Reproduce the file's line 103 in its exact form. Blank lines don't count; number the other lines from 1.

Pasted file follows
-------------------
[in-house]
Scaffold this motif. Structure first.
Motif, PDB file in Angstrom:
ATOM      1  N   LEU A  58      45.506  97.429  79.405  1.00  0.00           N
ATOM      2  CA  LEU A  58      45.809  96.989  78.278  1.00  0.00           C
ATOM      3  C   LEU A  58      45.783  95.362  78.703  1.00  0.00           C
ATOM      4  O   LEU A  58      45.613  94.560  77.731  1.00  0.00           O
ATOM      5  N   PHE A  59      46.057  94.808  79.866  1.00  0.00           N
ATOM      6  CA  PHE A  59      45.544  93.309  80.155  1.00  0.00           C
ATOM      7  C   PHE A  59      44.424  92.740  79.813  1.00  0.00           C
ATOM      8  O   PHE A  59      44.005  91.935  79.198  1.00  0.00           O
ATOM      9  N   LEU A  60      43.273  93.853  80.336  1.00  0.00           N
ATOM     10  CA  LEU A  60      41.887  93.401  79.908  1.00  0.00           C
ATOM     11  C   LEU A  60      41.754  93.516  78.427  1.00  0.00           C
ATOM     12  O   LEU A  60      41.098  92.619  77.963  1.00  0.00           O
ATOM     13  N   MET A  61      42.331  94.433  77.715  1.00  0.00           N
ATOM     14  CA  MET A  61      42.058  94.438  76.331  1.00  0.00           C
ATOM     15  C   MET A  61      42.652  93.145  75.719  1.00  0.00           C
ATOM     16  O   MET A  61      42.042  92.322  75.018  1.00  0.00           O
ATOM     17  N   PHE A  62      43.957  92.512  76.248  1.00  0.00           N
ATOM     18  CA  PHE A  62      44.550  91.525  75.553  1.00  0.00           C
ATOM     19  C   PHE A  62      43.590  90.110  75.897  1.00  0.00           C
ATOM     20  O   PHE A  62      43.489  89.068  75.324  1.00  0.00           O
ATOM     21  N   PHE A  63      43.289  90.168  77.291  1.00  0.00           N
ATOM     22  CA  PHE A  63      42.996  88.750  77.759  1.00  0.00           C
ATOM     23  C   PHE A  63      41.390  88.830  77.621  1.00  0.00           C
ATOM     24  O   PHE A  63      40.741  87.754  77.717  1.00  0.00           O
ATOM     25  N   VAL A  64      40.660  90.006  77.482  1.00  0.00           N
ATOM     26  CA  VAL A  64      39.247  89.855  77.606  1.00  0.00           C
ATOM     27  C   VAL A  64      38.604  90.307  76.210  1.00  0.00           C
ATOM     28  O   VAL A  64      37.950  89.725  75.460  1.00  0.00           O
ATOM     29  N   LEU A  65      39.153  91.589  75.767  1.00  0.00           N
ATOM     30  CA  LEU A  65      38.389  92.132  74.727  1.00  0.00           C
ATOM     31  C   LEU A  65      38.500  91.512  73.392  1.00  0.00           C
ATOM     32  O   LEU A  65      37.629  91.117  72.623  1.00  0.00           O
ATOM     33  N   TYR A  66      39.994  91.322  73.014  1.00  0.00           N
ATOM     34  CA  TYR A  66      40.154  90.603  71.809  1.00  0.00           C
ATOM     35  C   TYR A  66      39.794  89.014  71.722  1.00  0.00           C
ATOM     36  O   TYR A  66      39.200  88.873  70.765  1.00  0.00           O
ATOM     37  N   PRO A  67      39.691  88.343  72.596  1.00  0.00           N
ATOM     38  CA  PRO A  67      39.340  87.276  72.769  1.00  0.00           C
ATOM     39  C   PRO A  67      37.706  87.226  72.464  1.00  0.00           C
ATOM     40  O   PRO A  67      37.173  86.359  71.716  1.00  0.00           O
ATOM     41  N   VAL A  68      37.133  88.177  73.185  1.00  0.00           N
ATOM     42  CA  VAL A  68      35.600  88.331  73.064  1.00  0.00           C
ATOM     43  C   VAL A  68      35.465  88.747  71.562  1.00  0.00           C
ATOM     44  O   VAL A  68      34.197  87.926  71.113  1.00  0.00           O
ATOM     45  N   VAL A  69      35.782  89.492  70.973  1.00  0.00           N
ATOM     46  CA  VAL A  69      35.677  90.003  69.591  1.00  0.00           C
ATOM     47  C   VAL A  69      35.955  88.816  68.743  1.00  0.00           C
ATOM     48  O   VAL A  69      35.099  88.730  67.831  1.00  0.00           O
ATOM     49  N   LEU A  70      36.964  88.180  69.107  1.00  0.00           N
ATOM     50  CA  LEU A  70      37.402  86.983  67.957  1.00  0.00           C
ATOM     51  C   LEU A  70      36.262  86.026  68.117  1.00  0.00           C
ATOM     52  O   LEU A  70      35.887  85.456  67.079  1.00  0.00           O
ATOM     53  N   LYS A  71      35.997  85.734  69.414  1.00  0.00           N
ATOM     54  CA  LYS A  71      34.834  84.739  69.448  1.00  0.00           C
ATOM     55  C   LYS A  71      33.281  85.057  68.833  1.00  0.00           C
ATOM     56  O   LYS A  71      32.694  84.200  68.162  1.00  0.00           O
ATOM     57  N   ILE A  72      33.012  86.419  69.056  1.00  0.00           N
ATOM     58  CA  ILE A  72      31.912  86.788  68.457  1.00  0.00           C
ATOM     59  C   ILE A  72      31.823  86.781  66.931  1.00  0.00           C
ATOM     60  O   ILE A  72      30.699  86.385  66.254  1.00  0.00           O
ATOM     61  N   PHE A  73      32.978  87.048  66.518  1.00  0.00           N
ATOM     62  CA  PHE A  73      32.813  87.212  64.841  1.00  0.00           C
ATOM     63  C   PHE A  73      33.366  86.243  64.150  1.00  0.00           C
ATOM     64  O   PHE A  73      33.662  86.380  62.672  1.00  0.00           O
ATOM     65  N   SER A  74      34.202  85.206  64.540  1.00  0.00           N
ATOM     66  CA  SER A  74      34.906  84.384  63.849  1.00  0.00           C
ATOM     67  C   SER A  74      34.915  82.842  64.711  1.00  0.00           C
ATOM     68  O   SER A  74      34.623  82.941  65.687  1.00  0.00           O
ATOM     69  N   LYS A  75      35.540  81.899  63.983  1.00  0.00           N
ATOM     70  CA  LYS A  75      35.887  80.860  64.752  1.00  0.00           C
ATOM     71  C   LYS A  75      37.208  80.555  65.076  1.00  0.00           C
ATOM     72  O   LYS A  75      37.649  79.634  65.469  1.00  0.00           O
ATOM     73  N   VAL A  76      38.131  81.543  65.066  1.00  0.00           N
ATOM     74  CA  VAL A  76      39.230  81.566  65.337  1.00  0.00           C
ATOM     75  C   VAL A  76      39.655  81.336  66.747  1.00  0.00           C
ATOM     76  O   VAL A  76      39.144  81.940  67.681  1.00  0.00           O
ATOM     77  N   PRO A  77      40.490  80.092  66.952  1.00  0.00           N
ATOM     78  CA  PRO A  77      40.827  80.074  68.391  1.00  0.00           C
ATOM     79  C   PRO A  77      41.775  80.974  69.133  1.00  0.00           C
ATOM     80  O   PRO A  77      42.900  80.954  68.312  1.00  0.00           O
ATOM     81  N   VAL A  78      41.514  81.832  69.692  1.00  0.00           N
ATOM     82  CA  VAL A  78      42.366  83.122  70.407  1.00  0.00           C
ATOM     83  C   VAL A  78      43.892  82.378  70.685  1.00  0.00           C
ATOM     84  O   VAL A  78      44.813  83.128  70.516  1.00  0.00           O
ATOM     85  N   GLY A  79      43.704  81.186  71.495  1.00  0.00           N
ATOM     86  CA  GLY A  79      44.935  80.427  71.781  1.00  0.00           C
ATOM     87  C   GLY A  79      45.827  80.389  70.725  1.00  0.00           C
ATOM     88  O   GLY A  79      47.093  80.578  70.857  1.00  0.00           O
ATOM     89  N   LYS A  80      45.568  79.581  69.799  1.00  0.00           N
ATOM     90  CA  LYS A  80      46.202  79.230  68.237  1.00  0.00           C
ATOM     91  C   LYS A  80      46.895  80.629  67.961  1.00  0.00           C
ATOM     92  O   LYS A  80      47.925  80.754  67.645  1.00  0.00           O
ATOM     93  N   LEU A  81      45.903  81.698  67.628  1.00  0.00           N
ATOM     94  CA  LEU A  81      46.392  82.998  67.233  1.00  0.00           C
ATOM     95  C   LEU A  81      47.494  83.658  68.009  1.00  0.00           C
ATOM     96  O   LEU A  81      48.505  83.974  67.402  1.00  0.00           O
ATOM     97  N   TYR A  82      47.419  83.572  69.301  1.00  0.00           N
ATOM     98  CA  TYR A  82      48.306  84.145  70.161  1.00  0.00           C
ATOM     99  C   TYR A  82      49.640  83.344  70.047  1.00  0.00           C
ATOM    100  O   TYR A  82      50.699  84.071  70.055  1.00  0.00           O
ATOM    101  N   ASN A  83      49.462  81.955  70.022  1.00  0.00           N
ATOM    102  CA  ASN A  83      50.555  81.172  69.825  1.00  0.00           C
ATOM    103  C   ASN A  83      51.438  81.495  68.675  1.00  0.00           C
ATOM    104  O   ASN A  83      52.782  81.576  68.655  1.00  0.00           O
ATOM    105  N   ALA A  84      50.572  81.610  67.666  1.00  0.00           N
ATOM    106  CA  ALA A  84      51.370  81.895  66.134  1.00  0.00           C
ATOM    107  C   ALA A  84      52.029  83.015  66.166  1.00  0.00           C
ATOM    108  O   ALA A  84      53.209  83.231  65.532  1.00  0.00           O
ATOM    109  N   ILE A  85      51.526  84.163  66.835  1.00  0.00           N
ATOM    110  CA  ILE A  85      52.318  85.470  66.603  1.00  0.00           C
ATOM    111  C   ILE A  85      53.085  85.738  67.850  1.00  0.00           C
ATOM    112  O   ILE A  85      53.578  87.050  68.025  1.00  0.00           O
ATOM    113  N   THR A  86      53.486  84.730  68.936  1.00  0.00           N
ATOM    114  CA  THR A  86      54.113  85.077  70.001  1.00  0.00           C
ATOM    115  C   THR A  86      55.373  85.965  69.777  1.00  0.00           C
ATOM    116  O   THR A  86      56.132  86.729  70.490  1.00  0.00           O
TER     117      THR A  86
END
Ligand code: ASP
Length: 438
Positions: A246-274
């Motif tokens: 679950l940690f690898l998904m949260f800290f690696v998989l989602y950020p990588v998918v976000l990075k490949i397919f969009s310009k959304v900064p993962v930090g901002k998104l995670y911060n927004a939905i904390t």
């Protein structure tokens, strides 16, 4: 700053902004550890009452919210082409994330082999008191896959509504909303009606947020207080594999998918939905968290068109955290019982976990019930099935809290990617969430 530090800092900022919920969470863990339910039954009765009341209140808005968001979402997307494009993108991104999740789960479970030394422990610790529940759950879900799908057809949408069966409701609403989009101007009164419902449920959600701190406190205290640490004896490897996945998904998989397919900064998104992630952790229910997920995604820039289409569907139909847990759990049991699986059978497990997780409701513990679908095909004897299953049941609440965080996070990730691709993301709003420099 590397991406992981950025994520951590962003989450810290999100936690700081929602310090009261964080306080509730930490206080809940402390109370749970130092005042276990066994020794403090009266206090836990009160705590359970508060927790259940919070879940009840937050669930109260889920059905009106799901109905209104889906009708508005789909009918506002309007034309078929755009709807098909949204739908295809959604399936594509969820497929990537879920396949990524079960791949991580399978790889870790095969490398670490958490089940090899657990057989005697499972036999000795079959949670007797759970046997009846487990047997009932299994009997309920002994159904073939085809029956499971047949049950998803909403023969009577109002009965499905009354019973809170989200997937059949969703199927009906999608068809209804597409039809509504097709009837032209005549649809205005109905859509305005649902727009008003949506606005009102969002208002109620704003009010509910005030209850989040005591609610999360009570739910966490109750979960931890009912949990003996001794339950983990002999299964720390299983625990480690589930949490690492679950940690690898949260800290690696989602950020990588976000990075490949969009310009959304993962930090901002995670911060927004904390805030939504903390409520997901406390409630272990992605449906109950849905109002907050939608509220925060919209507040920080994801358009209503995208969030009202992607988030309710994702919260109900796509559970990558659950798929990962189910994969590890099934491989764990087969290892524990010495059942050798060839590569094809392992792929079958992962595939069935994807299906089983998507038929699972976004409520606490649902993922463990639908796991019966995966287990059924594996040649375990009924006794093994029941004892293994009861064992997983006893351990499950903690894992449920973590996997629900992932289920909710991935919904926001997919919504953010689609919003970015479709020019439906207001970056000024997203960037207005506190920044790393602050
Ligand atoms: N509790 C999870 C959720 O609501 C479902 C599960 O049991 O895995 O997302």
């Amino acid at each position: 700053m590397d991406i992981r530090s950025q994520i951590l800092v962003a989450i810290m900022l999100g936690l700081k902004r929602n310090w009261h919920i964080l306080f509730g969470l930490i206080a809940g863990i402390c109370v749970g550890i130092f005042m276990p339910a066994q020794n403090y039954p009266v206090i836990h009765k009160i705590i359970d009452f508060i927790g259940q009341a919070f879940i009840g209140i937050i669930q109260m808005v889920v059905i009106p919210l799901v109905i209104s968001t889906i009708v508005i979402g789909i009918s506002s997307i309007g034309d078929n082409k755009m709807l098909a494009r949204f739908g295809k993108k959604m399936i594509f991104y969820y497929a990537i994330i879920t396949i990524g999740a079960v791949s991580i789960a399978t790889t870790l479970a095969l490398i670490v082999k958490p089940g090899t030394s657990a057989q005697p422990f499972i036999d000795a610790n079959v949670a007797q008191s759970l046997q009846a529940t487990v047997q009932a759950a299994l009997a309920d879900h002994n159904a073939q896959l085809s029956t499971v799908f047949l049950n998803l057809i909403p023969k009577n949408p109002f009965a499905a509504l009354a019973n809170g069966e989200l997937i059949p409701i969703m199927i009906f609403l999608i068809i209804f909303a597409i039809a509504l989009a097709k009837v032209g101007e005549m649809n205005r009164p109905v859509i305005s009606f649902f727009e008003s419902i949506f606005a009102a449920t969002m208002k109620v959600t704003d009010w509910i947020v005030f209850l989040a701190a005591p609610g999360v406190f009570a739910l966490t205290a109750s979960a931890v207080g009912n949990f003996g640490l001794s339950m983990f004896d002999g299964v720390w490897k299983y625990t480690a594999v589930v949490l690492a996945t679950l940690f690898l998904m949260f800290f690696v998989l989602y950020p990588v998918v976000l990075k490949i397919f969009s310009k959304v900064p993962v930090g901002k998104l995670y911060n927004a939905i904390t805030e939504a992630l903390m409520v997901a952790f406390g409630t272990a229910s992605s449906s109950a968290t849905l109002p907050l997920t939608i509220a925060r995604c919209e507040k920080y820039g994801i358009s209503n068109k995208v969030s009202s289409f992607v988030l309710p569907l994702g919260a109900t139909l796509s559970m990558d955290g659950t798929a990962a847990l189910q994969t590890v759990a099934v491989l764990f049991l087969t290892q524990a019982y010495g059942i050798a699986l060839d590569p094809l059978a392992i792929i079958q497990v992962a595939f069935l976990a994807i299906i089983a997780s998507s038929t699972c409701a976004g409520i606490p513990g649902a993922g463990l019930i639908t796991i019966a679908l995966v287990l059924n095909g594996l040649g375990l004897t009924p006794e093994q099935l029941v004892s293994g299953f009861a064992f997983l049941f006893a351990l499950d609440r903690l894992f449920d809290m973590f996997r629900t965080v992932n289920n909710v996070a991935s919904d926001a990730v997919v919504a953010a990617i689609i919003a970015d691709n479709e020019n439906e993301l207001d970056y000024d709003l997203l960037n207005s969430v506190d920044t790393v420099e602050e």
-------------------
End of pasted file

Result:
ATOM    100  O   TYR A  82      50.699  84.071  70.055  1.00  0.00           O